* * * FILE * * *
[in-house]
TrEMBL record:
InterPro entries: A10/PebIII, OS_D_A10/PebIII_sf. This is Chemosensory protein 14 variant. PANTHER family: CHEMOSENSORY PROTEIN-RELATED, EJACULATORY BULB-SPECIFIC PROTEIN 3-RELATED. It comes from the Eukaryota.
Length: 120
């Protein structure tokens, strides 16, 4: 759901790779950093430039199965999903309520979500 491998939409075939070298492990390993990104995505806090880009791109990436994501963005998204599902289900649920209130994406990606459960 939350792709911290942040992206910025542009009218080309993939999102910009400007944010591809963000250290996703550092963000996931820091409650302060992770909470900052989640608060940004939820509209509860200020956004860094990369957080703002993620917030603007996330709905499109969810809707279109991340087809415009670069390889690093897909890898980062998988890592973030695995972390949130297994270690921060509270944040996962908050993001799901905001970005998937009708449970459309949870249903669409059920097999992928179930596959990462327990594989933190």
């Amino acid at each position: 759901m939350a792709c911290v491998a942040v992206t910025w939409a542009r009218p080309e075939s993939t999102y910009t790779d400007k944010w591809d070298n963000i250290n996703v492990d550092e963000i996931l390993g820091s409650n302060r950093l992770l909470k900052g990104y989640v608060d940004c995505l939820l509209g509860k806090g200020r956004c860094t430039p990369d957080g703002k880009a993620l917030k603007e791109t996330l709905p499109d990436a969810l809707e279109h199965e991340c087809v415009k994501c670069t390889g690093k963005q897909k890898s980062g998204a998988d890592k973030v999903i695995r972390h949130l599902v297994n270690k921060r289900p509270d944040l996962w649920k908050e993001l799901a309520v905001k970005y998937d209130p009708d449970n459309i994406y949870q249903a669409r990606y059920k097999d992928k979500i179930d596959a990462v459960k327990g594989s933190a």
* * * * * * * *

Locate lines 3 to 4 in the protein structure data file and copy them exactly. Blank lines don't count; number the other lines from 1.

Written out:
InterPro entries: A10/PebIII, OS_D_A10/PebIII_sf. This is Chemosensory protein 14 variant. PANTHER family: CHEMOSENSORY PROTEIN-RELATED, EJACULATORY BULB-SPECIFIC PROTEIN 3-RELATED. It comes from the Eukaryota.
Length: 120